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    For decades, interest in emotion recognition by artificial intelligence has been growing steadily. Lately, especially because of improvements in the processing capabilities of computers and the creation of new machine learning algorithms, this path of research grew even faster, substantially improving the accuracy of the task. Currently, emotion recognition through facial expressions can achieve close to 73% accuracy with state-of-the-art implementations tested with images in natural settings (Pramerdorfer & Kampel, 2016). Comparably, human accuracy tested on the same images reaches 65±5% (Goodfellow et al., 2013). This thesis consists of two main parts: first, a neural network based emotion recognition system trained with static images of faces with a neutral expression and six basic emotions (sadness, happiness, anger, fear, disgust, surprise); and second, an emotion imitation system trained on outputs of the emotion recognition system, learning to imitate the facial expressions of new images. The thesis combines state-of-the-art level facial expression recognition implementations with an emotion imitation system to produce a human–robot interactive system capable of perceiving and imitating human emotions through facial expressions. For this purpose, state-of-the-art neural network models are modified and trained with static images of faces from three commonly used datasets of facial expressions. Also, the imitation system is trained with associative learning, using the resultant information from the previously trained neural network. The emotion recognition system achieves an average accuracy of 62% on the most challenging, natural setting dataset used in this research; while achieving an average accuracy of 83% on laboratory setting datasets. The emotion imitation system correctly associates all images with an average accuracy of 96% on the laboratory setting dataset, which results in correctly imitating emotion with a 78% accuracy in combination with the emotion recognition system. Regarding the natural setting dataset, association accuracy is 91% on average, which combined with the recognition system results in 56% average imitation accuracy. The results show that the robotic system would not be very accurate at imitating emotions in a natural setting with current emotion recognition capabilities, nevertheless, on a laboratory setting, it could be viable.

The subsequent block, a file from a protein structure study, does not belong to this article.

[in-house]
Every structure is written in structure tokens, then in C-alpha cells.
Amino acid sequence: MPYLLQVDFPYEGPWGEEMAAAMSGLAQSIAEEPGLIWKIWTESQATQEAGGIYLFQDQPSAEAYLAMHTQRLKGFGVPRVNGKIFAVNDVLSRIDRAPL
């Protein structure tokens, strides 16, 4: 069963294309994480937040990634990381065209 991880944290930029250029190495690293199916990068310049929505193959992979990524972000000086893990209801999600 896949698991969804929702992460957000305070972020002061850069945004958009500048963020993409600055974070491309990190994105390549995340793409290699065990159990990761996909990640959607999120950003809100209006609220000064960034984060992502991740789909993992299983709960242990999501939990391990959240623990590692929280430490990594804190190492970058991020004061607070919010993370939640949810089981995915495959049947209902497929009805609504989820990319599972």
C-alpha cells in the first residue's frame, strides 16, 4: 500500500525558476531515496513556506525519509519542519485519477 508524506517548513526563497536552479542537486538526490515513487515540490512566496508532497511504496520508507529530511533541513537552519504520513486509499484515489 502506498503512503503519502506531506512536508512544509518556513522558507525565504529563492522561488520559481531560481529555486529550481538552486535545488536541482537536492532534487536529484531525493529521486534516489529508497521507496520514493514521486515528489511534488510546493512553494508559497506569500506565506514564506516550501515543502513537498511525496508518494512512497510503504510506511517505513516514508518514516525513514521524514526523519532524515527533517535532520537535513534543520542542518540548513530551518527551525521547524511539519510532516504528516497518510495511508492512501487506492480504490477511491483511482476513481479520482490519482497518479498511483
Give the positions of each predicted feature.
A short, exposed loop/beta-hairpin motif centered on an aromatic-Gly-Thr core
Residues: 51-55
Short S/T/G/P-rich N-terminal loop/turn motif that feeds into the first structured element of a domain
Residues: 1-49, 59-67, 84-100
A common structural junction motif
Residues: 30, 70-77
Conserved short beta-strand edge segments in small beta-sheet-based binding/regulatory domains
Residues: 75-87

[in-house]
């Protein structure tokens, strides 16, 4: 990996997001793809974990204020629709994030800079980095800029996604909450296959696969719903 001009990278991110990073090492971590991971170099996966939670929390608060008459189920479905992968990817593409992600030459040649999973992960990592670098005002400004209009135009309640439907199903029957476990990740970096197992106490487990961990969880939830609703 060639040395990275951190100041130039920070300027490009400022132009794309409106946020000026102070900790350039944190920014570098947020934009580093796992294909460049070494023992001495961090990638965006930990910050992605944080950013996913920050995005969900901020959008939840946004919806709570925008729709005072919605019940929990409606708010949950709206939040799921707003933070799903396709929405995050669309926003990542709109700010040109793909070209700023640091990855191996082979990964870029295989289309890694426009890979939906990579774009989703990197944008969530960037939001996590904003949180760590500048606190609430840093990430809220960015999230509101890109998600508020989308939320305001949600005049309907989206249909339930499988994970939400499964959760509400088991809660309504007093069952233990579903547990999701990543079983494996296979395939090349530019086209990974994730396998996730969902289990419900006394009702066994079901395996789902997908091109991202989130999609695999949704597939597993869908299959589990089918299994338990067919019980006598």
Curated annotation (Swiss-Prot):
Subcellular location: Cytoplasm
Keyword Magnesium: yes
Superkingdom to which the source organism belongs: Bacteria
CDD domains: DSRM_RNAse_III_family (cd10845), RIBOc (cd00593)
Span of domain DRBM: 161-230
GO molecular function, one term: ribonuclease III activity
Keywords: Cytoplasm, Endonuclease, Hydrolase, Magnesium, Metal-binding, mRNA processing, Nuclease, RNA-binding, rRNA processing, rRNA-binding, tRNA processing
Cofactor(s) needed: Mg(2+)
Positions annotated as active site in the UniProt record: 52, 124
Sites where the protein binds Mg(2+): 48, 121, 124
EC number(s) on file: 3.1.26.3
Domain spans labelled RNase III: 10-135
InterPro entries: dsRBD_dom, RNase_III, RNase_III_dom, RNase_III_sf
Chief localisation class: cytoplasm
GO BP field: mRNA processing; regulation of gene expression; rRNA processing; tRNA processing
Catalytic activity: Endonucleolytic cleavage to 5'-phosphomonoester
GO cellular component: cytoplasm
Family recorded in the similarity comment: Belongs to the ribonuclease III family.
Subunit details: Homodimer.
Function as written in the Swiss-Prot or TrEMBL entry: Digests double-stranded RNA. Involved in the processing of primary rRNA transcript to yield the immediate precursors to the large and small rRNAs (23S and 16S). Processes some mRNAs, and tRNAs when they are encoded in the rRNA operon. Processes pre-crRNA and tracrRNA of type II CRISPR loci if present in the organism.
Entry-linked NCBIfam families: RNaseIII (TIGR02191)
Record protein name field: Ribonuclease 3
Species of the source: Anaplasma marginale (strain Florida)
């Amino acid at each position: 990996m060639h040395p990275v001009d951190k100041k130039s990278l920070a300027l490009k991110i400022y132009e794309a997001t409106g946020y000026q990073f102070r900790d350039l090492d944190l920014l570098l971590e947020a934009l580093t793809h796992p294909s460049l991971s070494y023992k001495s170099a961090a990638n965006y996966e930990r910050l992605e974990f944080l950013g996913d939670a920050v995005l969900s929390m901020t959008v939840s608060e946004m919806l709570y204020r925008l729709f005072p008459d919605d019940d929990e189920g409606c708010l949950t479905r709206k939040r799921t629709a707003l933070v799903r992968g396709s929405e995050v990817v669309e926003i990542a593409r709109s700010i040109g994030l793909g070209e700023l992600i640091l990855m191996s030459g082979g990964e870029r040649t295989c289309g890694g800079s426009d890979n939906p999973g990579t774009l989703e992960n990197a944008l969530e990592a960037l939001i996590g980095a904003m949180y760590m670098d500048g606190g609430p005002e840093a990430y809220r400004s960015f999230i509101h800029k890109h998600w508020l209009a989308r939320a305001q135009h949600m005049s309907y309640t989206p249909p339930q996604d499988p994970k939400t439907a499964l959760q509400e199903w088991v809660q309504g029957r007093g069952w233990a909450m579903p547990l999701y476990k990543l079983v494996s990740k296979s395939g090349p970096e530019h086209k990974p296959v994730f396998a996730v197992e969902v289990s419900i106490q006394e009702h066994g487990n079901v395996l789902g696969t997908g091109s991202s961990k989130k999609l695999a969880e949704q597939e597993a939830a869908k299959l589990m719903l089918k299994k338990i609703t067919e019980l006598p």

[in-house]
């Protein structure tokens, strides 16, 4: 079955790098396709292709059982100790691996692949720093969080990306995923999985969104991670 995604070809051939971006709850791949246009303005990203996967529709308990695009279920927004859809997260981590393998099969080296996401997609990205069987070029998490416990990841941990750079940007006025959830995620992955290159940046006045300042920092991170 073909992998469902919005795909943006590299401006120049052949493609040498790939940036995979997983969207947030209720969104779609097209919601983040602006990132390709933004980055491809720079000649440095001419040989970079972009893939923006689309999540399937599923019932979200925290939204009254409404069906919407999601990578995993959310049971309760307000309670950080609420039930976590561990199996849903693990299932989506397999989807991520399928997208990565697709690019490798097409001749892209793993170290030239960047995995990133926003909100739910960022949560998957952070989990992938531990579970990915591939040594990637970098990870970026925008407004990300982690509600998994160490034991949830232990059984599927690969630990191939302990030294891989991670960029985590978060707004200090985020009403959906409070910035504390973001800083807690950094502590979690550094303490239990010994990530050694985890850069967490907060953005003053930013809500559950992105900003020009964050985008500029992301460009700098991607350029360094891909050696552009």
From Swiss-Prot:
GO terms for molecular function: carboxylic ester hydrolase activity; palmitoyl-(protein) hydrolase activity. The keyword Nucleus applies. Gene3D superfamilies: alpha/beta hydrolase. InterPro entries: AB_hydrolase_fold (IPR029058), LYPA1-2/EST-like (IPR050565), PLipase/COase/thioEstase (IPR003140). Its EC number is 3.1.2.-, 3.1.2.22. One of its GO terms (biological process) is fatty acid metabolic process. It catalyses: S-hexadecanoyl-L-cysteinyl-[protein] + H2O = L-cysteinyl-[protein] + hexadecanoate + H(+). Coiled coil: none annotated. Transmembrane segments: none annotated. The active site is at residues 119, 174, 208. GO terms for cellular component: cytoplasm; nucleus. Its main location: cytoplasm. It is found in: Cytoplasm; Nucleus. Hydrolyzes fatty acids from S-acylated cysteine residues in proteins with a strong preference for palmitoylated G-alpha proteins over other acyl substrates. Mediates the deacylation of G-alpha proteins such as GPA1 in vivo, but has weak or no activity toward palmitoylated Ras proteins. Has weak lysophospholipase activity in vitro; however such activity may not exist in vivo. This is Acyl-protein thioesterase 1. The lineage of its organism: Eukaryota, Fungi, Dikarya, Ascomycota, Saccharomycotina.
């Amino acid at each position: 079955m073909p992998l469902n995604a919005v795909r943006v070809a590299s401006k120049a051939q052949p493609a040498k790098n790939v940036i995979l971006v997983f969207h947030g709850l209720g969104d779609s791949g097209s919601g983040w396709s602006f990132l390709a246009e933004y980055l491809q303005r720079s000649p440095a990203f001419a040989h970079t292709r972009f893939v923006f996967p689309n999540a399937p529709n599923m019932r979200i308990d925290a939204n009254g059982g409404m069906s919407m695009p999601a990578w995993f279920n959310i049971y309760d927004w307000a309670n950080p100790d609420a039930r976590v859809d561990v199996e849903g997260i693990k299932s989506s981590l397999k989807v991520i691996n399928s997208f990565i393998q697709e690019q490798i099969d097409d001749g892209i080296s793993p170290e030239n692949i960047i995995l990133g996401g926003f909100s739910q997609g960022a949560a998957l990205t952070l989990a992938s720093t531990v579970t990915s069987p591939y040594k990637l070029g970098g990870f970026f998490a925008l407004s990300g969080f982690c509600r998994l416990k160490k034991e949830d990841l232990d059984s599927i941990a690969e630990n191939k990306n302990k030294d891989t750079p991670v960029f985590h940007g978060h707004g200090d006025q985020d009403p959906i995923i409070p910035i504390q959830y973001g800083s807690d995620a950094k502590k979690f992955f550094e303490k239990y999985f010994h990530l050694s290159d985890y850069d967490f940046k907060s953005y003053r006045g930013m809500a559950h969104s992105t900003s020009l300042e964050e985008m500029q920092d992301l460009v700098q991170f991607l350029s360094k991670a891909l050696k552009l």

Keywords: associative learning, computer vision, convolutional neural networks, emotion, facial expression recognition
  • Nicole Vella - A quantitative analysis and characterization of mouse CA1 neuron classes: A knowledge base for computational models